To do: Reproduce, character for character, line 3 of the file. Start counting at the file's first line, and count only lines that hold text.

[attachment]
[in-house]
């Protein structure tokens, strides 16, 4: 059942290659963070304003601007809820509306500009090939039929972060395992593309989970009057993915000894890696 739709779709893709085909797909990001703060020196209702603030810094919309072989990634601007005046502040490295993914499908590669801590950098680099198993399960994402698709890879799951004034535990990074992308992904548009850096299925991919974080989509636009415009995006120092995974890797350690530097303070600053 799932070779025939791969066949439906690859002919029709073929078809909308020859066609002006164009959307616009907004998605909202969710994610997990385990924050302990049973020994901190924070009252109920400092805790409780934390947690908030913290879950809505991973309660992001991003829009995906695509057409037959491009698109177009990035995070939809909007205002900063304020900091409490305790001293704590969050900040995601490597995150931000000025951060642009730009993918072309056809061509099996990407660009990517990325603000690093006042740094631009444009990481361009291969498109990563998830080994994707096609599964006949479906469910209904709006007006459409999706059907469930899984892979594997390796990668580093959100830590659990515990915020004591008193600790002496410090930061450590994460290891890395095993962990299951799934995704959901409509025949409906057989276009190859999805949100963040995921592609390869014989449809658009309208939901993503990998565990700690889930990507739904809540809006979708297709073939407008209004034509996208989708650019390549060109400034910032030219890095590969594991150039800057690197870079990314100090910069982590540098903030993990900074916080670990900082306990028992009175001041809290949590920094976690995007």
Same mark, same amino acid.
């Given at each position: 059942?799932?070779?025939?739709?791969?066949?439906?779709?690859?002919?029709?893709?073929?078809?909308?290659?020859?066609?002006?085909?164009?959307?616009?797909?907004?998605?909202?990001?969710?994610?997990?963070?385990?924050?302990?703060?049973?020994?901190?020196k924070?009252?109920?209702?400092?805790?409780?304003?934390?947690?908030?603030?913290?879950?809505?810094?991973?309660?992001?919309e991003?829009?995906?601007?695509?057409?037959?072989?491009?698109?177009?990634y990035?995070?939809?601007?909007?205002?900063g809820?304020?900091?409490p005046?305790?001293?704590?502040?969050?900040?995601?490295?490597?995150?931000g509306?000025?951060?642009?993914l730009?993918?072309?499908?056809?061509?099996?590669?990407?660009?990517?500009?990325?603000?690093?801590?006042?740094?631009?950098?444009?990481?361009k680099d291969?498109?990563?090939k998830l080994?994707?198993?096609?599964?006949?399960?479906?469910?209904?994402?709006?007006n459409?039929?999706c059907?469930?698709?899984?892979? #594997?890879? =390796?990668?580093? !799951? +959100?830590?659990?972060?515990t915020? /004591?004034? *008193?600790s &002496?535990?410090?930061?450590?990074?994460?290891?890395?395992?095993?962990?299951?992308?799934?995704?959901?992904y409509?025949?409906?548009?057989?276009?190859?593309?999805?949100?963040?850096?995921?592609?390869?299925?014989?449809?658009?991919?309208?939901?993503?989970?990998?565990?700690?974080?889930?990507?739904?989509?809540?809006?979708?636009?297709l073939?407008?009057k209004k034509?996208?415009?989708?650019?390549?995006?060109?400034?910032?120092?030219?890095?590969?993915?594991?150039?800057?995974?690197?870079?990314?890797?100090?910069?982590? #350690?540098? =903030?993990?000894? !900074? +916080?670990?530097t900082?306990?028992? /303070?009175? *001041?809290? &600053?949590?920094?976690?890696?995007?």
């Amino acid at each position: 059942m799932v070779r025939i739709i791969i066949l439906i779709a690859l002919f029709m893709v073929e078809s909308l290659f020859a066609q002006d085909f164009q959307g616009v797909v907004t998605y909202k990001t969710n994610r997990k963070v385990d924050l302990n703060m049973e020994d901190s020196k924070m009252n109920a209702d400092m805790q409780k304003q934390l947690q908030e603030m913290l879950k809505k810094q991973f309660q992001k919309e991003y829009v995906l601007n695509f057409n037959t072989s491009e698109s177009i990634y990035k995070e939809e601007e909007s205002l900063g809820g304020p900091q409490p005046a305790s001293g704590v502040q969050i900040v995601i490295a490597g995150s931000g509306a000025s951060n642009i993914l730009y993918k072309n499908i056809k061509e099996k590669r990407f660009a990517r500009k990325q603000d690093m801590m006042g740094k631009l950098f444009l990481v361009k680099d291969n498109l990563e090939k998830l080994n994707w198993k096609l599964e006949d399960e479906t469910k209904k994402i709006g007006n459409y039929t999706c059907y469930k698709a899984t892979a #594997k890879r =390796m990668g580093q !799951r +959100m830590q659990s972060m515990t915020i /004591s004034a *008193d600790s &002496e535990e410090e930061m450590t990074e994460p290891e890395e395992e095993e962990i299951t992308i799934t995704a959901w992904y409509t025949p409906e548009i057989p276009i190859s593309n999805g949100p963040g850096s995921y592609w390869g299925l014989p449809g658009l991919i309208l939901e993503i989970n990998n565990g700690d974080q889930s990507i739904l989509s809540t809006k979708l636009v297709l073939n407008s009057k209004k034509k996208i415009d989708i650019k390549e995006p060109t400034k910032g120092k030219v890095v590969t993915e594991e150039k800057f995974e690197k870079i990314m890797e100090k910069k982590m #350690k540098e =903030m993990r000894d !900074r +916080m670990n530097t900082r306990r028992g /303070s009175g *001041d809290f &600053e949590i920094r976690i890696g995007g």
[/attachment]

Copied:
Same mark, same amino acid.